Why did you change the name of the band to Mother Destruction and then back again to Six Comm?

If you look at the musical subject, the music and sound, and the fact that I was not the front person, then it is obvious that Mother Destruction was not the same band. I probably created confusion by using both names. This confusion originated by our main distributors at that time. They advised me to keep the name Six Comm involved with the project  to make it easier to sell and promote. The distributors were correct, but it did cause real confusion in some respects.

Gaderung poster

A group of bands compiled a sampler with covers of Six Comm: Gaderung – A Tribute to Six Comm. Do you like the covers? Were you aware of this project?

I haven’t heard any of the tracks. The label is still putting the release together. It is an online release not a physical one. I’m going to listen to them all when it is launched online. It was a very nice honour for me. To be totally honest, I really didn’t expect any bands to submit tracks, but in fact the label had too many submissions. I guess my little musical output over the years has permeated throughout the underground scene in the last decades without me being aware of it.

You are planning the Ontogeny Tour this year. Is there a possibility you may come to South America?

After decades of very rare live events and occasional releases I decided to come back to music full time last March, at a late age and stage in life perhaps, but I still have plenty of energy. Whereas in my earlier years I found being on stage a very unnatural experience, now I find that I have no such inhibitions and I usually enjoy the process. It is a privilege that anyone will pay to see my music live and I’m very grateful for that. For the coming year, I will have to find my musical feet again and decide what I am going to do. I have quite a few few concerts lined up at this time and a couple of planned releases to gradually introduce my work, both old and new, to a new audience. I prefer music of a hard electronic nature, and I am a very old fan of early metal, so I decided to  incorporate an essence of these sounds into my new work. I’ll be joined, for the first time ever, by a new member for recordings as well as live. I have, to this point, been almost totally solo with my Six Comm productions. However, I think it is still the same old me and will remain that way. Regarding coming to Peru? The chance would be a fine thing, but in reality I’m not sure that can happen. However a nice thought, I am open to ideas, and let’s see what next year and after brings.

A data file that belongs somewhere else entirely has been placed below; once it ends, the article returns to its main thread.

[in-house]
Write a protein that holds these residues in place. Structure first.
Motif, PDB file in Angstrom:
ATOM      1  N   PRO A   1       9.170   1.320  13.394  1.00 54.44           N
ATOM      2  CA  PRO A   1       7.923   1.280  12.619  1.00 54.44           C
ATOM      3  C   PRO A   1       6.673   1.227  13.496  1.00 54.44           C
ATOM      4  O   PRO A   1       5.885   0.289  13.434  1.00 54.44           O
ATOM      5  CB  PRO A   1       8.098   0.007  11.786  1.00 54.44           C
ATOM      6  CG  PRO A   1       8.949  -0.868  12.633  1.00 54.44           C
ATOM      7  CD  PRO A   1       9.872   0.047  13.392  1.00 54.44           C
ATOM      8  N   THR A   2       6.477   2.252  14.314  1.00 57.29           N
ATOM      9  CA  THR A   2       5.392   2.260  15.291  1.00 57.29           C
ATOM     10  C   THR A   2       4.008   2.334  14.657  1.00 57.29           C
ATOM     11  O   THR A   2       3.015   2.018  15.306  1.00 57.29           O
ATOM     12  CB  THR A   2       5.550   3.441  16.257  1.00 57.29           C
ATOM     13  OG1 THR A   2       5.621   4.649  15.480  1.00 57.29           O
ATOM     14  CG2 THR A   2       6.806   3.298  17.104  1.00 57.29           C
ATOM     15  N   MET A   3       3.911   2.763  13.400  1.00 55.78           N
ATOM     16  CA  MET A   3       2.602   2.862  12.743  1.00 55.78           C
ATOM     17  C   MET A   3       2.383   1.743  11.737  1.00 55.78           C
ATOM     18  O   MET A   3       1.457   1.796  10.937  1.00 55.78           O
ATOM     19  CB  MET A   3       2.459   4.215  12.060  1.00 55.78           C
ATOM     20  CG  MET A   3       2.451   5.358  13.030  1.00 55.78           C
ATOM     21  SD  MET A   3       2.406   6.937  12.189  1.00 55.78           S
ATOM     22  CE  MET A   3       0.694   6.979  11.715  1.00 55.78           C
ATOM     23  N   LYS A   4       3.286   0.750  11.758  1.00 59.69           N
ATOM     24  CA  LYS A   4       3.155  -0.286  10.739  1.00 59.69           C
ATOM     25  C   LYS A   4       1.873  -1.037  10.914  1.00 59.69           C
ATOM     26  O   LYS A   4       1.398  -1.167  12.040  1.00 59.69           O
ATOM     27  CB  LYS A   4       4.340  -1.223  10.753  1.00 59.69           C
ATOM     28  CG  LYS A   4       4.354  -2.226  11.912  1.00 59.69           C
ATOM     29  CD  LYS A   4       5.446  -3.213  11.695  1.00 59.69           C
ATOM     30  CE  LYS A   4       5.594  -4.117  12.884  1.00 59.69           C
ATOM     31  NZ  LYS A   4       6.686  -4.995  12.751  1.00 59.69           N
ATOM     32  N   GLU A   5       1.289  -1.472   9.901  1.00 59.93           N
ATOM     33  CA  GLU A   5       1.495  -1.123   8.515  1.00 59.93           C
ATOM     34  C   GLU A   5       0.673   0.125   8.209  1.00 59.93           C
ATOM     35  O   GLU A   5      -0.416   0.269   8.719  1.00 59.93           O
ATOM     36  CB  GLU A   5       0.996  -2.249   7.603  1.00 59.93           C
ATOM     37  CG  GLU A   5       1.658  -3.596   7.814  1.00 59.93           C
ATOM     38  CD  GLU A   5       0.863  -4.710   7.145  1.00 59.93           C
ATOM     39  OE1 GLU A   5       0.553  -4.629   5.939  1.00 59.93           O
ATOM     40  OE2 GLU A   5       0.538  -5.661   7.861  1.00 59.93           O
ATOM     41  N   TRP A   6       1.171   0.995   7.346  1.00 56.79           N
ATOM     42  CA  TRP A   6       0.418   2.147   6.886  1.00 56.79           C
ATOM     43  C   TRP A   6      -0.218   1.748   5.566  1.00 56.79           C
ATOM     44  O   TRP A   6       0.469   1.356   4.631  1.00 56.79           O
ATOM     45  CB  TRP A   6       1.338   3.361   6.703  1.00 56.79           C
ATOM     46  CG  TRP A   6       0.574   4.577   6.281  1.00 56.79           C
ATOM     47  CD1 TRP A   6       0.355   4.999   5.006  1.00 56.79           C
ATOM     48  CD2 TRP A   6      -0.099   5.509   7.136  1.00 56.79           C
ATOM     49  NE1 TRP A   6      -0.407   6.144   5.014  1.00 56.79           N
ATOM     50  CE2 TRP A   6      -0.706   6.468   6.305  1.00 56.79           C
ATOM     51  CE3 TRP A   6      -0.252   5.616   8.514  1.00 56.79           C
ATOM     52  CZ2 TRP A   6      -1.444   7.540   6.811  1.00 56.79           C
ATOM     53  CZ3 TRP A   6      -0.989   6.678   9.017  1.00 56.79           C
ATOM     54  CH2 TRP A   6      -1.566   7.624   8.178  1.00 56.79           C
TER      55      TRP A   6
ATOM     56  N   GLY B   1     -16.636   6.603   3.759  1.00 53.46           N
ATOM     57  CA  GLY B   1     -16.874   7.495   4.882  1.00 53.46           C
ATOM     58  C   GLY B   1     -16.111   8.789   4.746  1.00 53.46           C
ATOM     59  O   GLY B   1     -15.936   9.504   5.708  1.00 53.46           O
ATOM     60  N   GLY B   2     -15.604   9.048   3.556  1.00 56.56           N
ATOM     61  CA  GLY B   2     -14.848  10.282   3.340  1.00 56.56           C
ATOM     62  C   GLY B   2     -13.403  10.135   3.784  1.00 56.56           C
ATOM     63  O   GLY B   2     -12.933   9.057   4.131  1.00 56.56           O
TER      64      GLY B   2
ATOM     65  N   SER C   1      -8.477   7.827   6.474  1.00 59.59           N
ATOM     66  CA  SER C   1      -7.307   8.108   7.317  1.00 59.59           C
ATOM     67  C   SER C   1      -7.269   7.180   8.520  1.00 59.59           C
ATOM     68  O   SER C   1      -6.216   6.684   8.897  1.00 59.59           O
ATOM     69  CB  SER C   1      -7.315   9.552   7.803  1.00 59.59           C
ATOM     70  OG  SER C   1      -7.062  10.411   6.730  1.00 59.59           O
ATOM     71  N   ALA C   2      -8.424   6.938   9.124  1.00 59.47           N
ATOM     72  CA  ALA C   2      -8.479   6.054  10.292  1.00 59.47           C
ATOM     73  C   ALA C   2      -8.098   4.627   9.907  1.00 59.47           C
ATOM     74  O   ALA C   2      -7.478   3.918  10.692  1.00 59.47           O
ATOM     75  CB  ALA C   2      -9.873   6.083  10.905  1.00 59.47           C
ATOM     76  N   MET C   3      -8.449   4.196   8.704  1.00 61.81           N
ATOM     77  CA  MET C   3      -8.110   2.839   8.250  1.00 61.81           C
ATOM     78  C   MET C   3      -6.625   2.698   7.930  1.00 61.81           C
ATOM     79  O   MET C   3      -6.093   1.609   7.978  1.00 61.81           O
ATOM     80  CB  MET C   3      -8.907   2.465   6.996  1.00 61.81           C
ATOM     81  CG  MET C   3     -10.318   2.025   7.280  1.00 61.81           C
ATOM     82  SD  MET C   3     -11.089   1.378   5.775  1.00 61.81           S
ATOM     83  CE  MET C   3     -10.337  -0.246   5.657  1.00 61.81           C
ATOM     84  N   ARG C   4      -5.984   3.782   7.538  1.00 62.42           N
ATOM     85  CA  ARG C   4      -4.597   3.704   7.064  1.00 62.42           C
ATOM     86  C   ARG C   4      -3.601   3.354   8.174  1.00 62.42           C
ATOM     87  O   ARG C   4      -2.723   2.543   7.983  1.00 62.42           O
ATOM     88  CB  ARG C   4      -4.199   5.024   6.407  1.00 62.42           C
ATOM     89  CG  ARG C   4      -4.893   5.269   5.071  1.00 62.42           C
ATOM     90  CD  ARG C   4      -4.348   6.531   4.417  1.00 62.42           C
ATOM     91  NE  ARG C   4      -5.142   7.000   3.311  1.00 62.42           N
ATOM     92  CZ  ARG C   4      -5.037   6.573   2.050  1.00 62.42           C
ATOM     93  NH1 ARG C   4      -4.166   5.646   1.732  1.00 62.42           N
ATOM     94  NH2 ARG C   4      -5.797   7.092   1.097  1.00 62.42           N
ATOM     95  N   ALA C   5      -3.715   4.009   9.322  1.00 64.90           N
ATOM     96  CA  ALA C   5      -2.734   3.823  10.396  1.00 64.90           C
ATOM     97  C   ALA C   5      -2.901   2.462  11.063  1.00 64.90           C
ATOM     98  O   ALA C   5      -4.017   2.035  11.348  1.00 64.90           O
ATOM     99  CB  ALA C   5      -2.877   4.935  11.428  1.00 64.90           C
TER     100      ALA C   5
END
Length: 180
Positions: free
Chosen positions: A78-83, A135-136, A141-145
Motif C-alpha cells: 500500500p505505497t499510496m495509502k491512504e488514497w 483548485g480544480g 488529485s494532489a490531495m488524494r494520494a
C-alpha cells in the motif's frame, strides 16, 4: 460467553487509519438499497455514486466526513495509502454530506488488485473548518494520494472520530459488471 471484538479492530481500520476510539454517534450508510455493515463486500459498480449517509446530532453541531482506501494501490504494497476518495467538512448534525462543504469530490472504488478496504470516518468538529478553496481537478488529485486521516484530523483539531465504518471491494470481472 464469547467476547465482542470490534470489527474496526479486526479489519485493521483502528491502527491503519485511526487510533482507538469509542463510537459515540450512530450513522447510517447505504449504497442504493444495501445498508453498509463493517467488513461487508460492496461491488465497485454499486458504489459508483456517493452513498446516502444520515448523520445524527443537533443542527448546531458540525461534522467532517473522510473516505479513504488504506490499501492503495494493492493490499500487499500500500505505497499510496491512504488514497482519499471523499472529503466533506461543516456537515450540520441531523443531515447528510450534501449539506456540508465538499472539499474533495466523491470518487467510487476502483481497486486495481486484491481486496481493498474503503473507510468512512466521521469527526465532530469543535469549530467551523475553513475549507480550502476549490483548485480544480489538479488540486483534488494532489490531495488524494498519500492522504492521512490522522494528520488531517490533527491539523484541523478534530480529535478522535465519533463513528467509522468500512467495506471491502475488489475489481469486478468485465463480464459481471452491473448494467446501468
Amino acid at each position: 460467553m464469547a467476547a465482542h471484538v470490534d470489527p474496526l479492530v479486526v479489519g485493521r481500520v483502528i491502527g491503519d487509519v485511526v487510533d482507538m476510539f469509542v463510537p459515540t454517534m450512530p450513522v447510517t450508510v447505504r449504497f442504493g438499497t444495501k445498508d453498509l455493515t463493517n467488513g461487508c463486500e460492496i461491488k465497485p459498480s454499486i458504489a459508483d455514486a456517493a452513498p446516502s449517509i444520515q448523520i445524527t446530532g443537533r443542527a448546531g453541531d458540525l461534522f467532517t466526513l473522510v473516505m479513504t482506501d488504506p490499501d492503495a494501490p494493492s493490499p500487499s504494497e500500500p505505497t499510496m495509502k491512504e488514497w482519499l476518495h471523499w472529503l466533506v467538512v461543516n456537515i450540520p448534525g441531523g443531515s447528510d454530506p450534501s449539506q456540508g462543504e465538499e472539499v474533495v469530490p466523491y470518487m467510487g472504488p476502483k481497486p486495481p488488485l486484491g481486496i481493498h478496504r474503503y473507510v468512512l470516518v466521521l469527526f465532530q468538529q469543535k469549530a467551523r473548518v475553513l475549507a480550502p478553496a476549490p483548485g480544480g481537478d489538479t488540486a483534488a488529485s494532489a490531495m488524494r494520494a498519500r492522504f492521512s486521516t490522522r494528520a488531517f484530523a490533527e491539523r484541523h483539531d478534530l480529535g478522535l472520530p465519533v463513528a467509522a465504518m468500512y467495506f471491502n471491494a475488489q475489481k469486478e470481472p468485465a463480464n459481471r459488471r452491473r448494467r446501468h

6 Comm Ontogeny tour

And finally, some farewell words for the readers of Subte Rock?

If you have taken the time to read these few words then, thanks a lot folks! I have no wise things to say or lectures to give, I’ll leave that to the self deluded and politicians.

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Foto cortesía de

If you want to learn more about Six Comm visit their website.

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About The Author

Marco Rocha

Diseñador Gráfico. Ha creado en Facebook las páginas de Joy Division Fan Club Perú, New Order Perú, Echo And The Bunnymen Perú, Peter Murphy Perú, Ikon Perú y adiministra la página oficial de Lima 13. Es fan a morir de Joy Division.